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Jason’s tour jeep parked in front of the Grand Canyon University Restaurant
Our travels southward were finally rewarded yesterday with a gloriously beautiful, cloudless sky with temperatures in the high 70s. It was a perfect day for traveling from Kingman to Phoenix.
Our trip from Kingman to Phoenix with a stop in Wickenburg.
Of all the routes we’ve taken on our drives to Phoenix, one of the most obvious, Highway 93, we’d yet to undertake. I thought it would be a flat, dry, dusty drive, but it turned out to be filled with rolling hills of sage, cactus, and (due to the time of year) colorful flowers.
Our one stop of the day was in Wickenburg. I did zero research on the town, instead letting serendipity guide us. By following the signs, we quickly found ourselves in old town, a delightful place with a cowboy vibe its citizens embrace.
An example of the western theme seen around town.
One of the first things we saw we mistook, at first, for a homeless man perched on the ground. Unsure if he was real or not, we made our way over to what was soon obviously a sculpture. It turns out that due to a lack of funds, Wickenburg didn’t have a jail during its early years, so anyone needing a jail cell found themselves chained to a tree until their sentence was complete.
There was even a audio presentation, which provided some great background on the “Jail Tree”. It’s a nicely done work.
Next we walked a block to a second sculpture that celebrated an upstanding Wickenburg citizen named Everett Bowman and recognized his mule training prowess, among other accomplishments.
With Ann slow going, we decided to skip exploring town and instead check out the downtown museum, a well regarded (on Yelp) place called the Desert Caballeros Western Museum.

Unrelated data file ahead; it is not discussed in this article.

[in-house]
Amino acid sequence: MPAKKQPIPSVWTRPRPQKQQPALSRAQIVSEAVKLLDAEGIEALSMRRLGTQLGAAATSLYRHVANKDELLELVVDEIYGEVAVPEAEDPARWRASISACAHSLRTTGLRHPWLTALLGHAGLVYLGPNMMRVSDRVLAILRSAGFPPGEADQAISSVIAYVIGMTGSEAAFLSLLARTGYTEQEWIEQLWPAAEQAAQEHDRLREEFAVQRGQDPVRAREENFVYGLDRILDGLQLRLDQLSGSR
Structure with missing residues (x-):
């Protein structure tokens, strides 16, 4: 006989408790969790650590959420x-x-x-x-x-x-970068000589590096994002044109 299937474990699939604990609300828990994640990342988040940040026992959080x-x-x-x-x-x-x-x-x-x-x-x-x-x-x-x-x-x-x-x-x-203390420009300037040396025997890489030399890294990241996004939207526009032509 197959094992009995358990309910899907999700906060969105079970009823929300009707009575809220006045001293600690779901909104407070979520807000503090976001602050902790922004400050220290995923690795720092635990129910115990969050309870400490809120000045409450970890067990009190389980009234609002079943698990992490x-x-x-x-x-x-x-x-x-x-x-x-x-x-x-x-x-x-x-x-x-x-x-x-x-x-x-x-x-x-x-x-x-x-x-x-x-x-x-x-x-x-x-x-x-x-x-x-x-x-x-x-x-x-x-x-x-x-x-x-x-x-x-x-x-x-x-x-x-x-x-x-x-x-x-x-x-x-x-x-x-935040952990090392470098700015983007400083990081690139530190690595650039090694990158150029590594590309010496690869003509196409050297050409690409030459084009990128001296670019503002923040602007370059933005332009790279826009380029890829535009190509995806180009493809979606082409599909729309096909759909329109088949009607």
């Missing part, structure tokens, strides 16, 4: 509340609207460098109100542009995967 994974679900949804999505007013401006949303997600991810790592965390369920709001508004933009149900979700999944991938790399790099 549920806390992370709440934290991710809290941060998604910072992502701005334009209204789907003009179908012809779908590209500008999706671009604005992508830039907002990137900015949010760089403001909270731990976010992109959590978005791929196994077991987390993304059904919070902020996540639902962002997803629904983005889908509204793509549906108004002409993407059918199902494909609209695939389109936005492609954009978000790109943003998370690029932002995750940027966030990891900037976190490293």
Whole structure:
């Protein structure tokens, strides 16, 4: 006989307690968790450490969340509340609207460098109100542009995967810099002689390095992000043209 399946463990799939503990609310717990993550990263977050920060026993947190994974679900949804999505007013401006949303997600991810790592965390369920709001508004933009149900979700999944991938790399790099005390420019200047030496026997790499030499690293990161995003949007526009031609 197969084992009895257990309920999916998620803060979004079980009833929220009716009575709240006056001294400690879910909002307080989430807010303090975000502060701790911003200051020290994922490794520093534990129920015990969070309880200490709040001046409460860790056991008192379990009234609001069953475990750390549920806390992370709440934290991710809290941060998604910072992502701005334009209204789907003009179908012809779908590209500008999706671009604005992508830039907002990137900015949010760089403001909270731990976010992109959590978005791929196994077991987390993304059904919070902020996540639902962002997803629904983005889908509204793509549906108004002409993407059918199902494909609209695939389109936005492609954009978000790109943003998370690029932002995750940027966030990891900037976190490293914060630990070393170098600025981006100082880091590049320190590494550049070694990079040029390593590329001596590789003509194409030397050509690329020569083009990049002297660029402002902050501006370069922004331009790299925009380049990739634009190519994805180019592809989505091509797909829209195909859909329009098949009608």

The museum was $12, but active military get in free (the Air Force will never fully release her). That’s a price we could work with. Inside, there was the usual western history showing pioneer history. The two photos below were from this collection: http://www.boydranch.org/western-museum/
Naturally, of all the things that caught my eye, the mining section drew me in the most. One sign really interested me. It claimed that in 1871 a US House of Representatives report noted that Wickenburg was “the Most Important District in Arizona”.
When I saw the date, I guessed right away who wrote that phrase: my great great grandfather Anton Eilers. Because of my research on SLAG, I knew he’d been in Arizona in 1870 and published his findings in the Spring of 1871. This called for some research ….
When I returned to our hotel yesterday evening I pulled up the report he and Rossiter Raymond produced for 1870. On page 259 the first sentence jumped out:
It was very satisfying to be able to identify Anton’s handiwork. Anton later mentioned that while the mine proved important in comparison with the rest of Arizona, the territory wasn’t producing all that much gold. Conflicts with the Apaches coupled with a lack of water and no railroad retarded the development of mining in Arizona for years…..
The Desert Caballeros proved to be an interesting museum. And, I bet on a hot day, it’s a wonderfully cool retreat for a few hours. If you are nearby, check it out sometime.
With the museum completed, we ate lunch and drove to Phoenix. We soon arrived at Jesse and Andrea’s house, where we caught up with everyone. Later, we headed out to dinner at the Grand Canyon University Restaurant in a train of FCs. It was quite a site to see the FCs parked in the circle near the main doors:
That’s it for this report. Tomorrow I’ll have many more pics of the FCs.